Installing OpenJDK

Android versions prior to Lollipop were built using the Sun/Oracle JDK. However, Google switched to OpenJDK for Lollipop, which is easier to install and set up.

Start by installing OpenJDK 7. We do not support JDK 8+ though some have noted stable building with it. Also OpenJDK 6 is not supported for versions prior to Lollipop, either. We recommend doing this separately than the rest of the installs.

  • sudo apt-get install openjdk-7-jdk
  • We recommend you restart the computer again, this avoids some situations where java defaults may not have set.
  • Once rebooted, check your java versions to make sure java & javac have accepted the OpenJDK installation.
    • java -version
    • javac -version
    • Make sure java reports 1.7 and confirms OpenJDK, and that javac reports version 1.7.
  • Note: If you have previously installed Sun/Oracle JDKs, or another OpenJDK generation, you may need to manually update the defaults. Android will only build properly if the versions in the above test are properly set. See other guides for how to do this.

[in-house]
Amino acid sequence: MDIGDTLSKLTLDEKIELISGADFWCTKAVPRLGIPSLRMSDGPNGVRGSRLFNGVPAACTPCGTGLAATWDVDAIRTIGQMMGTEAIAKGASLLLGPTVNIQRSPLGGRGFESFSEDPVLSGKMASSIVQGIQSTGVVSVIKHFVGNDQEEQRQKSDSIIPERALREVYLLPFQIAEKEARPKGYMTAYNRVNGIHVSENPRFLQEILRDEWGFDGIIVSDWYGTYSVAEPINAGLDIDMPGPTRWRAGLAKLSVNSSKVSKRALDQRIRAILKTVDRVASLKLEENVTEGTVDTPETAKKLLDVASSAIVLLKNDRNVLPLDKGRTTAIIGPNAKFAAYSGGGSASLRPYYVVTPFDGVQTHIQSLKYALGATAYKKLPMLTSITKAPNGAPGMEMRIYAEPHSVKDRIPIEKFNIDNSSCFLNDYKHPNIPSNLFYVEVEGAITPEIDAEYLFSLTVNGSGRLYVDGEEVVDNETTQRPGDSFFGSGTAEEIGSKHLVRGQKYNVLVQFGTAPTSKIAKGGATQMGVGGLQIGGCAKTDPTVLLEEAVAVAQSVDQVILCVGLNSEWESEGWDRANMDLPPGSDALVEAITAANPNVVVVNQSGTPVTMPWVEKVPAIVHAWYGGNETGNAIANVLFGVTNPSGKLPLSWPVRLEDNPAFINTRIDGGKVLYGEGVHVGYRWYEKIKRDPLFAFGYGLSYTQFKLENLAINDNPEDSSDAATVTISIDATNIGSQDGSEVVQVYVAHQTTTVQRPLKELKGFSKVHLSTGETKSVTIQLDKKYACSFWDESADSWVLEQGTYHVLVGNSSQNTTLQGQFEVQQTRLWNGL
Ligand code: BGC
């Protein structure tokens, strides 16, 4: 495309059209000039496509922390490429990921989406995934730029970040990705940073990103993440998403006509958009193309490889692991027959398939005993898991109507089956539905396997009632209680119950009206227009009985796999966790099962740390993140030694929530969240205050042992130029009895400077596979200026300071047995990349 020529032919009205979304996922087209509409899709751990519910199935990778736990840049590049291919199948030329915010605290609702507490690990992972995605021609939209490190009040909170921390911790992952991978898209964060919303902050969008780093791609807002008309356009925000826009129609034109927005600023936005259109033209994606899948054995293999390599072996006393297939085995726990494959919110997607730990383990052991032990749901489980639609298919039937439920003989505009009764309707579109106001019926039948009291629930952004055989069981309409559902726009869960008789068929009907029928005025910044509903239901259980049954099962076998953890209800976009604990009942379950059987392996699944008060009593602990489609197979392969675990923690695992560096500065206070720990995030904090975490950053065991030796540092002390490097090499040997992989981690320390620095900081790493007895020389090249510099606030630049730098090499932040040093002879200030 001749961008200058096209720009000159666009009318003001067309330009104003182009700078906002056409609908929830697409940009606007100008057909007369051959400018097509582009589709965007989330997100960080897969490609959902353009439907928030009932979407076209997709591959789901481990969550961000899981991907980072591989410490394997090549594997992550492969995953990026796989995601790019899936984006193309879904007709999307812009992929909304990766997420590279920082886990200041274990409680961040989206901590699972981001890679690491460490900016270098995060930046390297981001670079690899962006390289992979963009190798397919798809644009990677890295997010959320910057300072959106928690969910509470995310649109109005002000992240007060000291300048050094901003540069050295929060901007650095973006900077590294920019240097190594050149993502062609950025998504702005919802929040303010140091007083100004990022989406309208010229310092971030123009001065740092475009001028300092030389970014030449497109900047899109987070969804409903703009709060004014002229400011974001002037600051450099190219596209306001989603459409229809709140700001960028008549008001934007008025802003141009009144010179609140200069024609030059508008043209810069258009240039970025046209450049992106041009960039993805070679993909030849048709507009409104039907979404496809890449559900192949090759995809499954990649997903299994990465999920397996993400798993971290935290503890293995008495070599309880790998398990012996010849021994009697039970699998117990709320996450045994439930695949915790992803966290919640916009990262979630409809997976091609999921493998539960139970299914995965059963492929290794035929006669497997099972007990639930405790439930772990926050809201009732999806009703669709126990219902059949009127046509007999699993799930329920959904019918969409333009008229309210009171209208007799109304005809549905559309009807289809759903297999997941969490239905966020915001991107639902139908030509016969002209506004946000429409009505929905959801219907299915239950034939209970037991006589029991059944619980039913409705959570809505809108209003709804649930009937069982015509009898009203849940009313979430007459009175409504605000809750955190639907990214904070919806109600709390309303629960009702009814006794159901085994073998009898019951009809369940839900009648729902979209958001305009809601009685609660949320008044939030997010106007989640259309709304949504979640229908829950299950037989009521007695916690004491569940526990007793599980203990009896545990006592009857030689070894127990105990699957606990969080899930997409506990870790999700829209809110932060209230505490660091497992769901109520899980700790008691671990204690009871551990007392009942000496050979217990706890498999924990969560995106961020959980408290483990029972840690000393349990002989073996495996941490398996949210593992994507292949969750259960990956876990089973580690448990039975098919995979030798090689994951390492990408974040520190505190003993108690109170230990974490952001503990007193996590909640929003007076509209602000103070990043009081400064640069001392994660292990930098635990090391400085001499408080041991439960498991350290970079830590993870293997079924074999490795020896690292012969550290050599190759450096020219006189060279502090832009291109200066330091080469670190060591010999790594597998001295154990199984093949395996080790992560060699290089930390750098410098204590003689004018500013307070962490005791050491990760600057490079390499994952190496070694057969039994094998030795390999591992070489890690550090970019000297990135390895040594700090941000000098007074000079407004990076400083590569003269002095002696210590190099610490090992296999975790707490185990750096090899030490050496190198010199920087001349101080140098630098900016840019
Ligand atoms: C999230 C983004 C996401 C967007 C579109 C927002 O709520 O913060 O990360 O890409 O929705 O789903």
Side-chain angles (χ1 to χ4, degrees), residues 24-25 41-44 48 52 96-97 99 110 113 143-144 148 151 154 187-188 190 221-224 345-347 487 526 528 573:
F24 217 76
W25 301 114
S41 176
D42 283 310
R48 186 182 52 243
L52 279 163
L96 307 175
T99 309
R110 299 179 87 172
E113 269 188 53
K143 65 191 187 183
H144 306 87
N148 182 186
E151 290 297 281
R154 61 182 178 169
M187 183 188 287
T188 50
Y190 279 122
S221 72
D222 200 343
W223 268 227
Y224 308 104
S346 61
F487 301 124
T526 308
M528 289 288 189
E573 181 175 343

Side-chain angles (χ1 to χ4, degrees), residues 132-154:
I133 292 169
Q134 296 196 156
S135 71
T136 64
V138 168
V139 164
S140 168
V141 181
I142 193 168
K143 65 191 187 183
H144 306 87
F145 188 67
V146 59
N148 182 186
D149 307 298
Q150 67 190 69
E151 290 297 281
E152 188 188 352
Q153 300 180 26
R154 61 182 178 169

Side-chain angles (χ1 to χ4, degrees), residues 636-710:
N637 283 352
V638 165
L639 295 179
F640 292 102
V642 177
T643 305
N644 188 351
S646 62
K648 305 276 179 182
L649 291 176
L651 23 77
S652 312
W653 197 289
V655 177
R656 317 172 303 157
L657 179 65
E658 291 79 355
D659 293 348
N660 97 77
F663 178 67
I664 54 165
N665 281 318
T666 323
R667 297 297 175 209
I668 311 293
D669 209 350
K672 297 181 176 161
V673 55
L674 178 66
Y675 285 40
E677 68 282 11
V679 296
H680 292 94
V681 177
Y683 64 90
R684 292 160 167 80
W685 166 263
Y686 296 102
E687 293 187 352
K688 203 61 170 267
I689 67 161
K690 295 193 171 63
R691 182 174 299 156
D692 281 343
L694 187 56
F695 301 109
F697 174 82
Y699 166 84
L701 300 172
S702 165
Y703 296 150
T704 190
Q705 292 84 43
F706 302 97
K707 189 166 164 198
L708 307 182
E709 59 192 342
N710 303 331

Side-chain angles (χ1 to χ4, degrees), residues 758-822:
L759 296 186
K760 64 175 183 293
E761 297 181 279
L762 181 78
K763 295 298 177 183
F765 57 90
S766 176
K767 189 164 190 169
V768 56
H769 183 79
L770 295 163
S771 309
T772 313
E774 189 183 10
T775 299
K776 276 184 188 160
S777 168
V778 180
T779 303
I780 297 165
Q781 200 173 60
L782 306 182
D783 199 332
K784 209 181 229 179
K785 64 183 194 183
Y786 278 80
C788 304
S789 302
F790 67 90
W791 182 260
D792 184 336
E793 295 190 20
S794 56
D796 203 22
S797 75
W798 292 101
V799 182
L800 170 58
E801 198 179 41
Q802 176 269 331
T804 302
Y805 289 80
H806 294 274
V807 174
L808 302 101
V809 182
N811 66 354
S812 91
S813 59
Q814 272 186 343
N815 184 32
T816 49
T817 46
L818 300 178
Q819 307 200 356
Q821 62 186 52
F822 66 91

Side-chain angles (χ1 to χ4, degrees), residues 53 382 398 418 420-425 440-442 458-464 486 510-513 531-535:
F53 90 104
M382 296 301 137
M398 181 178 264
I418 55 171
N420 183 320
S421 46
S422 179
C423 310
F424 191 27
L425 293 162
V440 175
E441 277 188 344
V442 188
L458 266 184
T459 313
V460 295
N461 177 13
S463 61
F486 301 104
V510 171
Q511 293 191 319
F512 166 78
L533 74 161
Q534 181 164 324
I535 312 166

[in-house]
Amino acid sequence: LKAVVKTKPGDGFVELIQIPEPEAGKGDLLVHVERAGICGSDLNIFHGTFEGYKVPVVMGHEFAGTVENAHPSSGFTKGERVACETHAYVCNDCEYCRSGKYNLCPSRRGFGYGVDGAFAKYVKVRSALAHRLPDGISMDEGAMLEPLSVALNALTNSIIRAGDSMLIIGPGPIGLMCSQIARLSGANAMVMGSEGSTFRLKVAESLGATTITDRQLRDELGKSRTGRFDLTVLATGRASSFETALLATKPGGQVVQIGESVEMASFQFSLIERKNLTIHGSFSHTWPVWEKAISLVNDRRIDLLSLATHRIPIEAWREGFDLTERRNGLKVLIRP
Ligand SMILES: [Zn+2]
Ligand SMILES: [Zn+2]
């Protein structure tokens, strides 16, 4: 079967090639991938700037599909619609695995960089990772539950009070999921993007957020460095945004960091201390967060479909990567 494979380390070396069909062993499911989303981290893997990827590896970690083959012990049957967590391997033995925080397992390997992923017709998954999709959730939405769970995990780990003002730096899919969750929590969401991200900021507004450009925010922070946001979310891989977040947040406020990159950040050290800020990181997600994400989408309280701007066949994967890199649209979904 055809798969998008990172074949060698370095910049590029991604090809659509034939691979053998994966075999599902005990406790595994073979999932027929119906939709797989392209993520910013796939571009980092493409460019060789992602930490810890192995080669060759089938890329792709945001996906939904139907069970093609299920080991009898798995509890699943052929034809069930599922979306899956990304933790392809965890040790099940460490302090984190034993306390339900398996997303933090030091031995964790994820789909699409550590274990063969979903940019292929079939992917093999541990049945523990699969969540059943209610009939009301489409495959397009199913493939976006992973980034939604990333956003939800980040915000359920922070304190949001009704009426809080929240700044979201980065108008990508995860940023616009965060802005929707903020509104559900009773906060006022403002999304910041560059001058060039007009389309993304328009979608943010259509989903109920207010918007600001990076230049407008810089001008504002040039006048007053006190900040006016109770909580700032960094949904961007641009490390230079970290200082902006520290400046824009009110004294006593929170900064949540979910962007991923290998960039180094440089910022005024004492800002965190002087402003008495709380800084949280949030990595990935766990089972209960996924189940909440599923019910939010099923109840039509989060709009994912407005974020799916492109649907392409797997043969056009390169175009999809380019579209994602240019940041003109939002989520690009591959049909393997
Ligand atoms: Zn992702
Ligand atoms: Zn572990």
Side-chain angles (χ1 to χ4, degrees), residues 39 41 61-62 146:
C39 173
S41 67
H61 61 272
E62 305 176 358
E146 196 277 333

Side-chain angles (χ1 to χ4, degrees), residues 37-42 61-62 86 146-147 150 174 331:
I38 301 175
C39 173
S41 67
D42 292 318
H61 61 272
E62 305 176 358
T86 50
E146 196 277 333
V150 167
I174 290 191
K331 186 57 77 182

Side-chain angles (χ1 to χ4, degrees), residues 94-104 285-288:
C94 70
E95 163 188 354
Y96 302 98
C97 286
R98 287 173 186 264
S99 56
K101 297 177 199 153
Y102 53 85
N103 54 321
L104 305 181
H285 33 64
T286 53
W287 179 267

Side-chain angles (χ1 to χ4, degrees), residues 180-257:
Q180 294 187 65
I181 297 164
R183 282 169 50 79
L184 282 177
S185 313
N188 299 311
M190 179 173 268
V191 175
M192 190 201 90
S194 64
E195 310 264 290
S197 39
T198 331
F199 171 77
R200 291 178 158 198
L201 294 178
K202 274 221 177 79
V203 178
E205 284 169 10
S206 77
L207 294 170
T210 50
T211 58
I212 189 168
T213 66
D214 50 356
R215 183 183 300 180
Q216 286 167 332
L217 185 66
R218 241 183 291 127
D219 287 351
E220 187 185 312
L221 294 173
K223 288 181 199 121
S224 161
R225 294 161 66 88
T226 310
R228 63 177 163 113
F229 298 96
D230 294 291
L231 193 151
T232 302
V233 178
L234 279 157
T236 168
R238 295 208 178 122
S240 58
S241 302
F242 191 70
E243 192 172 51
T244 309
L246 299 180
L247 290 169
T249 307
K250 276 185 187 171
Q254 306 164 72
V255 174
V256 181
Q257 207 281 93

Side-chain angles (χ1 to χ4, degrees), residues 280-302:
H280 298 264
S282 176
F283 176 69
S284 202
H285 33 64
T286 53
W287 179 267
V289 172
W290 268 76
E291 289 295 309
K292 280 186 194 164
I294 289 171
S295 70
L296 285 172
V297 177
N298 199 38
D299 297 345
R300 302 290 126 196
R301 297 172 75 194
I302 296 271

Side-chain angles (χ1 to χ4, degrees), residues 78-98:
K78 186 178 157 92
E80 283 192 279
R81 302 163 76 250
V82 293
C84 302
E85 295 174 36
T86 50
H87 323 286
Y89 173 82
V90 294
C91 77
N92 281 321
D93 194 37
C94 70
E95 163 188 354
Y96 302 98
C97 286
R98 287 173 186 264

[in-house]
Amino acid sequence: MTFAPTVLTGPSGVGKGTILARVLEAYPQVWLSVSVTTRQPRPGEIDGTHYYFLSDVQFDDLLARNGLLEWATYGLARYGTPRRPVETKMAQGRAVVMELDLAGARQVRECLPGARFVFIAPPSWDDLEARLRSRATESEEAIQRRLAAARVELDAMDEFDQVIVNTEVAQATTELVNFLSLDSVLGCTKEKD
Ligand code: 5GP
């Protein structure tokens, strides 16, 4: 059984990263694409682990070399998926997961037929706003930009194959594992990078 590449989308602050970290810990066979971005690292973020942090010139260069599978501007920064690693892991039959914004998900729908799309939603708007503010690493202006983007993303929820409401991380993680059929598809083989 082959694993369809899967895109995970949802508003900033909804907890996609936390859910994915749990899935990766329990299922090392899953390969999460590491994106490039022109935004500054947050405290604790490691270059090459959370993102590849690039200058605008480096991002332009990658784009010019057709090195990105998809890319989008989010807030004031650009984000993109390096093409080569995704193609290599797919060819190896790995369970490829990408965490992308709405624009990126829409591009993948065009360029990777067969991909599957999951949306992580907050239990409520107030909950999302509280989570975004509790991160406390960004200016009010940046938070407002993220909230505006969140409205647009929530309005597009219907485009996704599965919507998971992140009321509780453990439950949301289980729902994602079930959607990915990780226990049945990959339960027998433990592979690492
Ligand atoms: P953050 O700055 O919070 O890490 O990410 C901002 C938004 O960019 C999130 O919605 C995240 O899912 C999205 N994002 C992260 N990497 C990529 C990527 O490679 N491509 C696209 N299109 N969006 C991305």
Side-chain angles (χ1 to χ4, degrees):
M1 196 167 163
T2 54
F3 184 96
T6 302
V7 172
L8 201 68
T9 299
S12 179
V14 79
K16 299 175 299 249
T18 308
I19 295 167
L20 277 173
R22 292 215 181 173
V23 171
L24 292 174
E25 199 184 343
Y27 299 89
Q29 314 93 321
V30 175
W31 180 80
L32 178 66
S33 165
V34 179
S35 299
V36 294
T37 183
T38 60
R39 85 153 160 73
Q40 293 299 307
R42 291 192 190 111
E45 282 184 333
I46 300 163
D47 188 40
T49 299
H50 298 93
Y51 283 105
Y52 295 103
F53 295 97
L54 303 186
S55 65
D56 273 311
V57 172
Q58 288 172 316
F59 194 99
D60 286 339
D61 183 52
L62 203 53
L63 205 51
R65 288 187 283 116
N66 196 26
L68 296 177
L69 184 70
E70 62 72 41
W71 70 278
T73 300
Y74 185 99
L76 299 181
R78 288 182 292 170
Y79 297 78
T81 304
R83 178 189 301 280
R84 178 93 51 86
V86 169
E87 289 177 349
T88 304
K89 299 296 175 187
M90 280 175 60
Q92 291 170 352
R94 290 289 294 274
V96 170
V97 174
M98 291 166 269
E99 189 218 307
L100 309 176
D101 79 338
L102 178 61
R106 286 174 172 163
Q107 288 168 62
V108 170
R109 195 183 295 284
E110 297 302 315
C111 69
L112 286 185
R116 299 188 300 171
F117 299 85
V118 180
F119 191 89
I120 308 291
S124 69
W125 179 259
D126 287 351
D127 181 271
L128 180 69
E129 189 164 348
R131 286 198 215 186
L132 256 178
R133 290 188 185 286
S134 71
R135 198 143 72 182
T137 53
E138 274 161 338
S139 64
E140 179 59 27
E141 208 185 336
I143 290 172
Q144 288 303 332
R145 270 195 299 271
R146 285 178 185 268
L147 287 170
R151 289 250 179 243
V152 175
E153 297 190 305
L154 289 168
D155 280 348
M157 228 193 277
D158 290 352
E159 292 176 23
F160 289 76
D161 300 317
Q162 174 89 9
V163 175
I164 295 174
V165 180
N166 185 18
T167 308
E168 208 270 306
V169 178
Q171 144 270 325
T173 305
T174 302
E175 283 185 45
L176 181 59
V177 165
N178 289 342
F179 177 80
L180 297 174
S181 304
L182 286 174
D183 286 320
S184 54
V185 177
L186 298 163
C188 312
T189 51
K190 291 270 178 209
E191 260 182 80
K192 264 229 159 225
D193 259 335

Configuring GCC

By default, Ubuntu should use GCC for compiling C/C++ code. However, in some cases, Clang or another compiler may be the default.

This will cause building Console OS to fail. To resolve this, we need to configure GCC as the default from the terminal/shell:

  • sudo -l
  • sudo update-alternatives --install /usr/bin/gcc gcc /usr/bin/gcc-5 100
  • Edit your ~/bash.rc file and add the following:
    • export CXX=/usr/bin/gcc-5
  • Restart your computer
  • Finally run update-alternatives --query gcc
    • Confirm GCC is now the default compiler

Thanks to community member Robert Crawford for adding this step.